Wal-Mart has more lawsuits than men’s suits. The retailer proposed to build a 24/7 superstore on 36 acres of land in Davie, Florida. The project was vigorously opposed by residents of the Rolling Hills Lake Estates, and Pine Island Bay. In July of 2006, Wal-Mart couldn’t muster a single vote when their project came before the Davie Town Council. The retailer’s plans for a 202,853 s.f. superstore were slam-dunked on a 4-0 vote. Council members ruled that the store would destroy local businesses and create too much of a disruption for nearby residents. Wal-Mart’s argument hinged on a legal settlement from 17 years ago that allowed larger stores than the town now permits. Not willing to respect the wishes of local officials, Wal-Mart filed a lawsuit in Broward Circuit Court in October of 2006, charging that council members wrongly denied their plan. On March 21, 2007, Sprawl-Busters reported that a Broward County, Florida judge gave residents in Davie, Florida a victory, siding with the town. But Wal-Mart appealed that circuit court decision in March, 2007, and last week filed a second lawsuit on the federal level. Wal-Mart went to federal court to try to get a judge to enforce the 1989 legal settlement between the town and the property’s former owner. Wal-Mart now owns the property, and is trying to use the 1989 agreement to allow them to build. “We’re basically asking a court to enforce the agreement we had with the town of Davie, so the town will do what it promised to do,” a Wal-Mart spokesman told the Miami Herald. The town’s lawyer says the 1989 settlement with a former owner does not transfer to Wal-Mart, and that the retailer is just “shopping around” for another judge. I guess they didn’t like the result they got in the state Circuit Court,” the town’s attorney said. Now Davie taxpayers have to ante up more money to defend themselves against a second Wal-Mart lawsuit. The town has to respond to the federal lawsuit by October 26th.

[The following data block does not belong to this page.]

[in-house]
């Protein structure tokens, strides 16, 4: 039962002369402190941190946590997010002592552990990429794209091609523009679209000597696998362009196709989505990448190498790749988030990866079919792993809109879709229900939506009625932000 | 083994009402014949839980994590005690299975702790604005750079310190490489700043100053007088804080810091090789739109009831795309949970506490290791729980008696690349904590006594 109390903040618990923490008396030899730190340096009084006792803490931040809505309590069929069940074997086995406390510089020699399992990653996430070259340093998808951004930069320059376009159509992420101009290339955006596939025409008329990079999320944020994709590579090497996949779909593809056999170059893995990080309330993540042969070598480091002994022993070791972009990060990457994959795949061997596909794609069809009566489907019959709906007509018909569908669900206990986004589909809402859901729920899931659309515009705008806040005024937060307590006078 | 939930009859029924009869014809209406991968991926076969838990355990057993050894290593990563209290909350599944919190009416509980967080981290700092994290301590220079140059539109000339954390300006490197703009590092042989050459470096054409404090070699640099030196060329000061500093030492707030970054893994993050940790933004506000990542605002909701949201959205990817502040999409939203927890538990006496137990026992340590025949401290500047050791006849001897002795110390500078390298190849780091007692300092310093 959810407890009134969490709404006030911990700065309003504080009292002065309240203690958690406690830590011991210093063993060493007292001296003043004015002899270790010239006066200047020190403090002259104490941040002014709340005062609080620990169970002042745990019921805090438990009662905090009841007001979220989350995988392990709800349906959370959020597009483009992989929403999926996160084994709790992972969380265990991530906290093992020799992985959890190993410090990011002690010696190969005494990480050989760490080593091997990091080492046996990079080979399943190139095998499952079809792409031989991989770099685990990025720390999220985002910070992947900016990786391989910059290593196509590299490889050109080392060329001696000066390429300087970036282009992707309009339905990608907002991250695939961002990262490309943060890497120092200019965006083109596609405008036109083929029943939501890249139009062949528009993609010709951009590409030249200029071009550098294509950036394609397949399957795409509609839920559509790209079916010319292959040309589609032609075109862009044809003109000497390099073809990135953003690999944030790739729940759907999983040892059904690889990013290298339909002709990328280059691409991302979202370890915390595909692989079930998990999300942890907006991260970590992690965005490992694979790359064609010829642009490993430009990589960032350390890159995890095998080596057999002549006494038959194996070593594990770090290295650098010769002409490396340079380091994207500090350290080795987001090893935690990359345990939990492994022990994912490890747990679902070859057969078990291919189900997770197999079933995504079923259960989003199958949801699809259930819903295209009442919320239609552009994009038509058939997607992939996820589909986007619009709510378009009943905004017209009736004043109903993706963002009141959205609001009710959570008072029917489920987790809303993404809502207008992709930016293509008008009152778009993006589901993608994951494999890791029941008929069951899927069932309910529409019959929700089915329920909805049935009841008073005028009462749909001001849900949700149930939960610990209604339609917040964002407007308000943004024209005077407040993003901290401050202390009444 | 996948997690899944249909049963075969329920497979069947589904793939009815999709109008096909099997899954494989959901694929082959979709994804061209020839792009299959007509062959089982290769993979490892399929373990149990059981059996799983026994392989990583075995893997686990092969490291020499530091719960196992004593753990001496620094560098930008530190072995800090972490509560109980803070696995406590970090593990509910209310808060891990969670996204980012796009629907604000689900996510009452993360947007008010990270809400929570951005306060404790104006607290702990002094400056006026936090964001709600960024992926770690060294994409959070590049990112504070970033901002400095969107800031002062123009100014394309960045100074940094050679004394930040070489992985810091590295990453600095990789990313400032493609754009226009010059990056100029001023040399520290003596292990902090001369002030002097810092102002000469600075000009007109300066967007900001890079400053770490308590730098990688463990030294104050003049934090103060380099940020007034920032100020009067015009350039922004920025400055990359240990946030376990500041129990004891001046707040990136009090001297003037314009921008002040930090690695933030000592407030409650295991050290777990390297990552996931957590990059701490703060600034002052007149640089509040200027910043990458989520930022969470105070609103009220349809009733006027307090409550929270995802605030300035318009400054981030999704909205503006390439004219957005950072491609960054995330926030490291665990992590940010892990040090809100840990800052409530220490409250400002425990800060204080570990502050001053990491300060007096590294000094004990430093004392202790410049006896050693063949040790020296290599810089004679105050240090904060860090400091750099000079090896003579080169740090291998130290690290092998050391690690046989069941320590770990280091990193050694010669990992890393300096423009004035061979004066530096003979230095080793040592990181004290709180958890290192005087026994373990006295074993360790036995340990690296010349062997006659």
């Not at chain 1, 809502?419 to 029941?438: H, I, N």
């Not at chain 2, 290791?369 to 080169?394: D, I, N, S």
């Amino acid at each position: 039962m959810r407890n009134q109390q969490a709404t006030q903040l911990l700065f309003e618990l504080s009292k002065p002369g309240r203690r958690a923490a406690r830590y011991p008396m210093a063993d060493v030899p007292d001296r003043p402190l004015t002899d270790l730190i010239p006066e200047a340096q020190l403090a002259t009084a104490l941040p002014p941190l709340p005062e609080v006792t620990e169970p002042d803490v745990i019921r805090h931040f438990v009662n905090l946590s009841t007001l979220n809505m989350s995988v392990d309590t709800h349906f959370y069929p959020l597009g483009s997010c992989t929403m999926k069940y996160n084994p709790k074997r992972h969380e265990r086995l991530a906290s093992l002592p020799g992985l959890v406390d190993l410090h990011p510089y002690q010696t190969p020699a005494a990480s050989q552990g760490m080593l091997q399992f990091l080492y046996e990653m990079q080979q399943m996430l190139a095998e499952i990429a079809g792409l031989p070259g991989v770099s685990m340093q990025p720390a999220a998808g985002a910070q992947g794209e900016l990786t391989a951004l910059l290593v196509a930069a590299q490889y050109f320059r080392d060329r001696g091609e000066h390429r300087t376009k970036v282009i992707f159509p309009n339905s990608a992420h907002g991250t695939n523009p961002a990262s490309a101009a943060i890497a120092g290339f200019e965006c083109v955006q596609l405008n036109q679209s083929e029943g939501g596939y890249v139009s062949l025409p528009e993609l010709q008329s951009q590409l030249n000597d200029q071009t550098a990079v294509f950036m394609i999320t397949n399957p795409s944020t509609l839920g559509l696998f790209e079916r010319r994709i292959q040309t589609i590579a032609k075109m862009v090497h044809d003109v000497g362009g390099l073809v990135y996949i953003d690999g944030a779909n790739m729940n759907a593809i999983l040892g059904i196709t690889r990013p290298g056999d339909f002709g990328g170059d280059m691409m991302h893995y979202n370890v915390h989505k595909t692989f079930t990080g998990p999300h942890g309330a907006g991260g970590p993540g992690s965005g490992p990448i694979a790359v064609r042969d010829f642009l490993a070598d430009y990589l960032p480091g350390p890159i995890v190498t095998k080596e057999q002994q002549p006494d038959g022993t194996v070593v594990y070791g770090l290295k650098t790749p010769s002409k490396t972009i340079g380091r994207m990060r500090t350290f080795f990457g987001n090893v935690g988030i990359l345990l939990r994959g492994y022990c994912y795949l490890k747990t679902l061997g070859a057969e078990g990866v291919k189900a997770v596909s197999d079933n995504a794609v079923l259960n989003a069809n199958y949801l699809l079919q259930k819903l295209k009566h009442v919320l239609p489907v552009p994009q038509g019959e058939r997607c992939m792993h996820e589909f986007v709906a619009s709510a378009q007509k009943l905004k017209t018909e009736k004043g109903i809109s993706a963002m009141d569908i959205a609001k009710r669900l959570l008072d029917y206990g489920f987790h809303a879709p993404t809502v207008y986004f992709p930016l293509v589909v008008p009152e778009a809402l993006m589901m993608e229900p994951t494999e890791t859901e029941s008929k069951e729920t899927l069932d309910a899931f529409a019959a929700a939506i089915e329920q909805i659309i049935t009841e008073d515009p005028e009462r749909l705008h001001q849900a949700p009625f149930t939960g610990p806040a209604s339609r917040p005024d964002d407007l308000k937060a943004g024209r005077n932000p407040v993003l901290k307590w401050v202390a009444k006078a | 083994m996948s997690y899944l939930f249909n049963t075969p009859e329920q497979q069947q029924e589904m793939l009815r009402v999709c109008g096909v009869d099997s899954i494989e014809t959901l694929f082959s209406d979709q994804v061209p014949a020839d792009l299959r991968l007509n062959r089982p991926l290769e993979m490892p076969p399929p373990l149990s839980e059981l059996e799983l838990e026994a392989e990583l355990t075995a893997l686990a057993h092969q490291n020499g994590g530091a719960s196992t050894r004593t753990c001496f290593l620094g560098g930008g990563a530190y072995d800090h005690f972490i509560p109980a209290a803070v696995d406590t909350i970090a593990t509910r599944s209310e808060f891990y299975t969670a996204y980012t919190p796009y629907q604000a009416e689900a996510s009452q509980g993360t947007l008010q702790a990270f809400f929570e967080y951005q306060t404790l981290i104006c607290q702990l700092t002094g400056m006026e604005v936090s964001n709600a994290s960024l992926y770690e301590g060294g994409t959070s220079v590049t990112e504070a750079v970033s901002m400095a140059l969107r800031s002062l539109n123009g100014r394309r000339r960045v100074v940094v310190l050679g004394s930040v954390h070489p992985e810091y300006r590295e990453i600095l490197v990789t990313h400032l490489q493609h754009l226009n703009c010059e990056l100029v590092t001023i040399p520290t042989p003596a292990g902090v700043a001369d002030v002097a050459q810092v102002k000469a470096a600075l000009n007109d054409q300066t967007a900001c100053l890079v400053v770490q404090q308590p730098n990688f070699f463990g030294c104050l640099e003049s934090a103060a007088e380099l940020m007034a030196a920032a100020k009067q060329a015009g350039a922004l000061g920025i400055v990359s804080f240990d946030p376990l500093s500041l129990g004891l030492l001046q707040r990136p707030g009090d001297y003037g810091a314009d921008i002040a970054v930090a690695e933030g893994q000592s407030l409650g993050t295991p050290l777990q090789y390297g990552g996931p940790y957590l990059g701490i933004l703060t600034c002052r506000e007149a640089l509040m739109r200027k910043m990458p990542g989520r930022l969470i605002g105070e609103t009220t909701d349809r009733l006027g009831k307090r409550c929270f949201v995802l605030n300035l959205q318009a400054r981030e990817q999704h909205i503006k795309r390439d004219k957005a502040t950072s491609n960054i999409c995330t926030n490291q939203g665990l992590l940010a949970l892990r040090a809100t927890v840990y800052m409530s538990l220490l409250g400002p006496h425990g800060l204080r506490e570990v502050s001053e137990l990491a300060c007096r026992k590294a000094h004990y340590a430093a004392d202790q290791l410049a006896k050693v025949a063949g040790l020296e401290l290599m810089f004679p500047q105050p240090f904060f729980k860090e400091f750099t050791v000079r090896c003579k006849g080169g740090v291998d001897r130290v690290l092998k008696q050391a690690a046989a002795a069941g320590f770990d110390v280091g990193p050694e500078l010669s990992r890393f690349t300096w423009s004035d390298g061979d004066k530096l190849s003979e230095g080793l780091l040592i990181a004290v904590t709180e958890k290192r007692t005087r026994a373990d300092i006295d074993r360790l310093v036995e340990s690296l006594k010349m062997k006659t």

Wal-Mart’s strategy is to push Davie officials to the point of “litigation fatigue,” when the town feels they can’t afford to keep paying legal bills. Wal-Mart can hold its breath legally longer than most towns. Instead of respecting the decision of local officials, Wal-Mart would rather fight than move. There are 20 Wal-Marts within 20 miles of Davie, including 11 superstores. The Wal-Mart superstore in Cooper City, Florida is only 5 miles away. Any new supercenter in Davie will only cannibalize sales in Cooper City — something Wal-Mart has said it no longer wants to do. Wal-Mart stockholders might well ask why their company has spent almost a year and a half since the town rejected the superstore, piling on the legal bills by filing multiple lawsuits. Davie describes itself as “a family-oriented and diverse community that retains its hometown feeling.” Readers can call Davie Mayor Tom Truex at (954) 797-1030 to urge him to keep battling Wal-Mart. Tell the Mayor: “Don’t let Wal-Mart’s multiple lawsuits intimidate you. As a lawyer, you know Wal-Mart’s tactic of wearing the town down. But you already have 20 Wal-Mart’s within 20 miles, and that 1989 agreement does not apply to Wal-Mart. Keep fighting to stop this kind of sprawling development. Keep that Davie hometown feeling.”